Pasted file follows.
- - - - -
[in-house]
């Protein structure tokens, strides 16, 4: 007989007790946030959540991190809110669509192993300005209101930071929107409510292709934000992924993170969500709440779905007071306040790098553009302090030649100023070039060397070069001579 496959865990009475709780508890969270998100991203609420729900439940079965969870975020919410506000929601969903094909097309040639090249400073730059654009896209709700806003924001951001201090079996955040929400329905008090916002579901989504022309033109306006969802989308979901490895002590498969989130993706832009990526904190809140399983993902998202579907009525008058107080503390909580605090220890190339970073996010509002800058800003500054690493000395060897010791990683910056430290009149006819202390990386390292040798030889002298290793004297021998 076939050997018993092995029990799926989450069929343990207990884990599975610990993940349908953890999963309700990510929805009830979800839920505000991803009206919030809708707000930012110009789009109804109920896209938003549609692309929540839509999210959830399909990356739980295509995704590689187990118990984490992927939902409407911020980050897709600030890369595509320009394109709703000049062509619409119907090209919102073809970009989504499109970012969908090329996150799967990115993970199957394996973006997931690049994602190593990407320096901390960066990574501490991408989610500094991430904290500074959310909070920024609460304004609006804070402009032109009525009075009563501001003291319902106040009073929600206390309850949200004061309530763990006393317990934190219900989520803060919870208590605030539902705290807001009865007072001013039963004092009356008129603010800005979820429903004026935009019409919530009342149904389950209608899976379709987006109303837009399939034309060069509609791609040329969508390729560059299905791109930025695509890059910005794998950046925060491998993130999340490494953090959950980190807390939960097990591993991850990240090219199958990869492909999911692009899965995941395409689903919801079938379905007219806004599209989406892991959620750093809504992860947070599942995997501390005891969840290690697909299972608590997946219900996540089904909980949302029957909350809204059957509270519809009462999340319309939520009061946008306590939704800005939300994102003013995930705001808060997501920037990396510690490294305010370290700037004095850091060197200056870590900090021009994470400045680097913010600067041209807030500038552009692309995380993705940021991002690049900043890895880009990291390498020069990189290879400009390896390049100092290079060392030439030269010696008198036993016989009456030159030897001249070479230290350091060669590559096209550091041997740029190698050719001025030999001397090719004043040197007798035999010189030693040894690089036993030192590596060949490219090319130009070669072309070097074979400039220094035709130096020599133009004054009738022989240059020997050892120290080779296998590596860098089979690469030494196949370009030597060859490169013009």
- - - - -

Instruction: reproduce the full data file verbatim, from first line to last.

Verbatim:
[in-house]
């Protein structure tokens, strides 16, 4: 007989007790946030959540991190809110669509192993300005209101930071929107409510292709934000992924993170969500709440779905007071306040790098553009302090030649100023070039060397070069001579 496959865990009475709780508890969270998100991203609420729900439940079965969870975020919410506000929601969903094909097309040639090249400073730059654009896209709700806003924001951001201090079996955040929400329905008090916002579901989504022309033109306006969802989308979901490895002590498969989130993706832009990526904190809140399983993902998202579907009525008058107080503390909580605090220890190339970073996010509002800058800003500054690493000395060897010791990683910056430290009149006819202390990386390292040798030889002298290793004297021998 076939050997018993092995029990799926989450069929343990207990884990599975610990993940349908953890999963309700990510929805009830979800839920505000991803009206919030809708707000930012110009789009109804109920896209938003549609692309929540839509999210959830399909990356739980295509995704590689187990118990984490992927939902409407911020980050897709600030890369595509320009394109709703000049062509619409119907090209919102073809970009989504499109970012969908090329996150799967990115993970199957394996973006997931690049994602190593990407320096901390960066990574501490991408989610500094991430904290500074959310909070920024609460304004609006804070402009032109009525009075009563501001003291319902106040009073929600206390309850949200004061309530763990006393317990934190219900989520803060919870208590605030539902705290807001009865007072001013039963004092009356008129603010800005979820429903004026935009019409919530009342149904389950209608899976379709987006109303837009399939034309060069509609791609040329969508390729560059299905791109930025695509890059910005794998950046925060491998993130999340490494953090959950980190807390939960097990591993991850990240090219199958990869492909999911692009899965995941395409689903919801079938379905007219806004599209989406892991959620750093809504992860947070599942995997501390005891969840290690697909299972608590997946219900996540089904909980949302029957909350809204059957509270519809009462999340319309939520009061946008306590939704800005939300994102003013995930705001808060997501920037990396510690490294305010370290700037004095850091060197200056870590900090021009994470400045680097913010600067041209807030500038552009692309995380993705940021991002690049900043890895880009990291390498020069990189290879400009390896390049100092290079060392030439030269010696008198036993016989009456030159030897001249070479230290350091060669590559096209550091041997740029190698050719001025030999001397090719004043040197007798035999010189030693040894690089036993030192590596060949490219090319130009070669072309070097074979400039220094035709130096020599133009004054009738022989240059020997050892120290080779296998590596860098089979690469030494196949370009030597060859490169013009």